Whether a utility has to pay for a sewer backup may be in question.
    About 5 years ago, a sewer line somewhere in the suburbs of Roanoke Virginia backed up and ruined the basements of a whole block of houses. I may be mistaken, but I think the utility got out of paying anything, other than the cost of fixing the problem that caused it. Thus, that is why it was on the news, all the people got to complaining about it.

    Around here, utilities and municipalities are quick to pass the buck or deny responsibility to anything.
    RichardBondMan's Avatar
    RichardBondMan Posts: 832, Reputation: 66
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    #7

    Nov 25, 2006, 06:21 PM
    If you visited or called me for such insurance, I would ask you to contact your homeowner's or renter's insurance company to see if such an incident were covered. I know of no company that has a separate policy known as "sewer backup insurance". There are so many other perils that can affect a structure other than a sewer backing up - consider for a minute how minuscule the market would be for a company that is trying to sell only a "sewer backup" insurance policy. The coverage is (or is not) part of a more comprehensive policy that typically covers many other perils that all structures might be exposed to.
    andrewcocke's Avatar
    andrewcocke Posts: 439, Reputation: 22
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    #8

    Nov 25, 2006, 06:34 PM
    The insurance I was speaking about was just a rider to my homeowners policy, I don't know of anyone who offers it as a stand alone policy.
    USAAvictum's Avatar
    USAAvictum Posts: 1, Reputation: 1
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    #9

    Jul 26, 2010, 01:46 PM
    I recently experienced sewer back up in that two feet of water entered my house through the sewer. When I called USAA regarding my coverage I did have a rider for sewer backup on my policy the denied coverage and refused to pay sewer back up according to USAA is not when water or anything else backs up your sewer and ruins your basement washer dryer and maybe your brand new three week old furnace ($7,200) This is a rip off the defination of sewer backup changes with who ever you talk to. There is really no coverage there is a $1,000 deductib which means if My sewer just backed up I would call the rooder rutter man for less than two hundred dollars There should be a class action suit against the insurancer companies for misrepresentation of this policy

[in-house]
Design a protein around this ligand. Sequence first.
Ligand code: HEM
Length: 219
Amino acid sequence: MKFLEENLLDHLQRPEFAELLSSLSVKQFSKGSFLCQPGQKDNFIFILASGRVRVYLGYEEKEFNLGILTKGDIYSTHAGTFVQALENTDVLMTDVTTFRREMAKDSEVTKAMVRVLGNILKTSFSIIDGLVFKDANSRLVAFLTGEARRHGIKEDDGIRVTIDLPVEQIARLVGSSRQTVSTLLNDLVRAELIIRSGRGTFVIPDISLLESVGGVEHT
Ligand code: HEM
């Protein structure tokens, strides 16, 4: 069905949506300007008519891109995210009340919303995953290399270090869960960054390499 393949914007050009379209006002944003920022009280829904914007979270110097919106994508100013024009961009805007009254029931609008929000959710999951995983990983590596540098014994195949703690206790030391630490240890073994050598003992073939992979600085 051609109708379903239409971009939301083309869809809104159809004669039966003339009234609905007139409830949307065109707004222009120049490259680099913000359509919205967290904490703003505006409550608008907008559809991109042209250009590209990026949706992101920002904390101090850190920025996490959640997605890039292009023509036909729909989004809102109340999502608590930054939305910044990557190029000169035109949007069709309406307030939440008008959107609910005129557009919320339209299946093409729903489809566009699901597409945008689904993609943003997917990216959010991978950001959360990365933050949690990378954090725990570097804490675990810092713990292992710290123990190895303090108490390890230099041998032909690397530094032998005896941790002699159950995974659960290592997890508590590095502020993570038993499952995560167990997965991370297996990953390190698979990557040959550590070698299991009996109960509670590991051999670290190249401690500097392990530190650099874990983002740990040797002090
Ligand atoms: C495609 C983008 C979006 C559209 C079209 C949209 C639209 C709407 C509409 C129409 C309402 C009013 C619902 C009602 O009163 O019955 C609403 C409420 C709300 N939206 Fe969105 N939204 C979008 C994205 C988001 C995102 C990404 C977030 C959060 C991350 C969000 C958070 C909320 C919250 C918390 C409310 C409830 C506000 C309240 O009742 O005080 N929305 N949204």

anagent's Avatar
    anagent Posts: 1, Reputation: 1
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    #10

    Nov 29, 2010, 08:26 AM
    Keep in mind you only pay the rutter man $200 but what about coverage to your furniture? They won't pay for that! You ins co will if you have the back up coverage added. This type of coverage is an endorsement to the policy for an additional premium. The deduc is $1000 but the ins co will pay for the rest up to the limits on your policy. This type of coverage is NOT a rip off as you stated... when your policy was written this is offered to you, if you chose not to take the coverage, then you should have signed something showing you declinded the covg. If you did not sign anything, you may want to call your adjuster (claims) and inform them that you were not offered the coverage and see if they can reimburse you SOME of you $ back. As for the agent, make sure they add the coverage to your policy at this point. The prob can always happen again. @usaavictim
    artist9111's Avatar
    artist9111 Posts: 1, Reputation: 1
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    #11

    Apr 19, 2012, 05:29 PM
    It seems that the most that any insurance company will pay for sewer backup is 10,000.00 if you are covered, which did not come near to covering my losses. I have not found anyone who will cover more than that. My costs were 35,000.00, and that did not account for items other than washer, dryer, furnace and hot water heater.
    ma0641's Avatar
    ma0641 Posts: 15,681, Reputation: 1012
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    #12

    Apr 23, 2012, 06:47 PM
    That is the limit of the coverage for the policy or the limit you purchased. .